– made the taille a permanent tax
    – conflict w/ Charles the Bold over land; Charles had tried to create a new kingdom between France and Germany; Charles died and Louis took the land
    – enlarged the royal army
    – encouraged new industries such as silk weaving
    – impact of reign: strong French monarchy
    War of Roses
    – Civil war in England in the 1450s between the House of Lancaster (symbolized by the red rose) and the House of York (symbolized by the white rose)
    – Henry Tudor won the way by defeating the Yorks in 1485
    Henry VII and the Tudors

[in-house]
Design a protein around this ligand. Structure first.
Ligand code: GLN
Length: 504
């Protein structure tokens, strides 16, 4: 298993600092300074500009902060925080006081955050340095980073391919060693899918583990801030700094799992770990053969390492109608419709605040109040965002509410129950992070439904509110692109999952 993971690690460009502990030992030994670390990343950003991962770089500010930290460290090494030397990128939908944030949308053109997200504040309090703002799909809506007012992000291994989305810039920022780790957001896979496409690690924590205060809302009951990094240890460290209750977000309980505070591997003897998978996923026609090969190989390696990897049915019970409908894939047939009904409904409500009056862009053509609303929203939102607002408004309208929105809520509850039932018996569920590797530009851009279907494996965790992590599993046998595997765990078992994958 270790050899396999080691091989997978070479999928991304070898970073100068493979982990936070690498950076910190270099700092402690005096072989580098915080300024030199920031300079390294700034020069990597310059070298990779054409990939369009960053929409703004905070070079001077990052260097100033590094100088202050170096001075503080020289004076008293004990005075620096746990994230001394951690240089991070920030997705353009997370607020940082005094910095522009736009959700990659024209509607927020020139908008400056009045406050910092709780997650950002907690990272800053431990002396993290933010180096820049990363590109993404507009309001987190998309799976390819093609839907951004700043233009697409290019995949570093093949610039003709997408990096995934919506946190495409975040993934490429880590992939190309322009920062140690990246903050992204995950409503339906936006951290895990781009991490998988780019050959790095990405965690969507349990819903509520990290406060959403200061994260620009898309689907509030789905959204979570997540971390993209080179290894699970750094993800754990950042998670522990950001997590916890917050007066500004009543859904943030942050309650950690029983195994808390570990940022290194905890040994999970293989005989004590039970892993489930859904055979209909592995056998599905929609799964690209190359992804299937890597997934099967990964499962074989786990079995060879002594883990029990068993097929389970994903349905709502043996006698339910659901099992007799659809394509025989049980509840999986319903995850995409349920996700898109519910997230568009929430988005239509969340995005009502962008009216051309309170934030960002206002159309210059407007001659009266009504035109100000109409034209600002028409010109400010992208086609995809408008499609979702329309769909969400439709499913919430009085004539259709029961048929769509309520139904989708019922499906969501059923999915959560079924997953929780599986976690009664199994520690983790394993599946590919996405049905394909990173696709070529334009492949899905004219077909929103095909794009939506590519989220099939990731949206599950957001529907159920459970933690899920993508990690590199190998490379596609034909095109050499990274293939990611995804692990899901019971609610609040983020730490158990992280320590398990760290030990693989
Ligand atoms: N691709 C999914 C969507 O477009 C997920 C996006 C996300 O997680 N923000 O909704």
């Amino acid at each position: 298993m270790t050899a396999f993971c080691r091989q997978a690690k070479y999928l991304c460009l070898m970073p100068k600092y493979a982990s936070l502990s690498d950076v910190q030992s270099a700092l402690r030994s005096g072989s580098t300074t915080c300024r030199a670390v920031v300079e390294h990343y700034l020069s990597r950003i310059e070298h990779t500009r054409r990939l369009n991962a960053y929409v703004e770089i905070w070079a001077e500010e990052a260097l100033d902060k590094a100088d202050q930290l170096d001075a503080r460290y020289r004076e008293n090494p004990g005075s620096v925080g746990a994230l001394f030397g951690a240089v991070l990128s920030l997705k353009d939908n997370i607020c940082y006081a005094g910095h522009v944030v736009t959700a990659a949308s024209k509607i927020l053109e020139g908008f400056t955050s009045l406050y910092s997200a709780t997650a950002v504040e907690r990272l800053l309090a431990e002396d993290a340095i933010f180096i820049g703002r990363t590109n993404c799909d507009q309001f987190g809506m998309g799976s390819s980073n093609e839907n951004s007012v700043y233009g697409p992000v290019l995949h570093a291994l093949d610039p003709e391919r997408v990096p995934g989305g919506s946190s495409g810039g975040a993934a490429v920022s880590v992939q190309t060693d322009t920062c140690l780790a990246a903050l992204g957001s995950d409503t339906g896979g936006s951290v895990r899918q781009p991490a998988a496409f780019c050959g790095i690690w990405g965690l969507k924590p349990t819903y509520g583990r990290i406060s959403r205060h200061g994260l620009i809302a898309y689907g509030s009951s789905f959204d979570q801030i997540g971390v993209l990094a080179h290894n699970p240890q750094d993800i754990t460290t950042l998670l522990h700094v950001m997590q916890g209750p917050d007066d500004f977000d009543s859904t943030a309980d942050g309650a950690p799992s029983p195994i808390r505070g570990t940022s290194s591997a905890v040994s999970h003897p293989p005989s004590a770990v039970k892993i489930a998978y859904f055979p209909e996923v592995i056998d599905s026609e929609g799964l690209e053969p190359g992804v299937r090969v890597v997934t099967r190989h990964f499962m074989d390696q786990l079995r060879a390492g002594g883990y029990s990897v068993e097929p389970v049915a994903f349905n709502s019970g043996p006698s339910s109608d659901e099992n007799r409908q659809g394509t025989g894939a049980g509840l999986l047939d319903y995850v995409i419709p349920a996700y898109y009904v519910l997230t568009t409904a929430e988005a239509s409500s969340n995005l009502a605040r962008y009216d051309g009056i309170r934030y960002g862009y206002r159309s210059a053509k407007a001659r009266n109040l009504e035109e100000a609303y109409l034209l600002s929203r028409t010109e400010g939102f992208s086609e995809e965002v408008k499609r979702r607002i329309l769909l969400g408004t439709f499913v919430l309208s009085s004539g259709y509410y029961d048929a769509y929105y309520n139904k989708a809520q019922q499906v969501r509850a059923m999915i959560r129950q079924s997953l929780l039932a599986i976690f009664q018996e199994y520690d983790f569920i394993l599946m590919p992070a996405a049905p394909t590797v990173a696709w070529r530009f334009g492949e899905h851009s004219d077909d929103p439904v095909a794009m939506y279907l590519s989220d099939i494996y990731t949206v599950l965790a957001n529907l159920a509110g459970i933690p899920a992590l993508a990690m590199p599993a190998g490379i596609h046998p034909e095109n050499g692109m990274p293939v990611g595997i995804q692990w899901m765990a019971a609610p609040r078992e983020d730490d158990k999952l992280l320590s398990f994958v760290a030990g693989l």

– won the War of Roses
    – created the Court of Star Chamber (controlled nobles w/o juries and used torture)
    – avoided overtaking his people and not asking for gov’t funds by not engaging in wars
    – used diplomacy
    Ferdinand and Isabella
    – Ferdinand of Aragon (reigned 1479 – 1516) and Isabella of Castile (reigned 1474 – 1504) married in (1469 and united the Iberian peninsula’s two most powerful royal houses
    – reduced number of nobles on the royal council, replaced with lawyers trained in Roman law
    – established a strong infantry force
    – gained right to appoint Spanish church officials
    Spanish Inquisition
    – policy that persecuted heresy and insincere orthodoxy of Christians
    – expelled all Jews from Spain in 1492
    – expelled all Muslims from Spain in 1502
    – Christian struggle to take the Iberian Peninsula from Muslim control
    – Completed in early 1490s by Ferdinand and Isabella by conquering Granada and incorporating it into the Spanish kingdom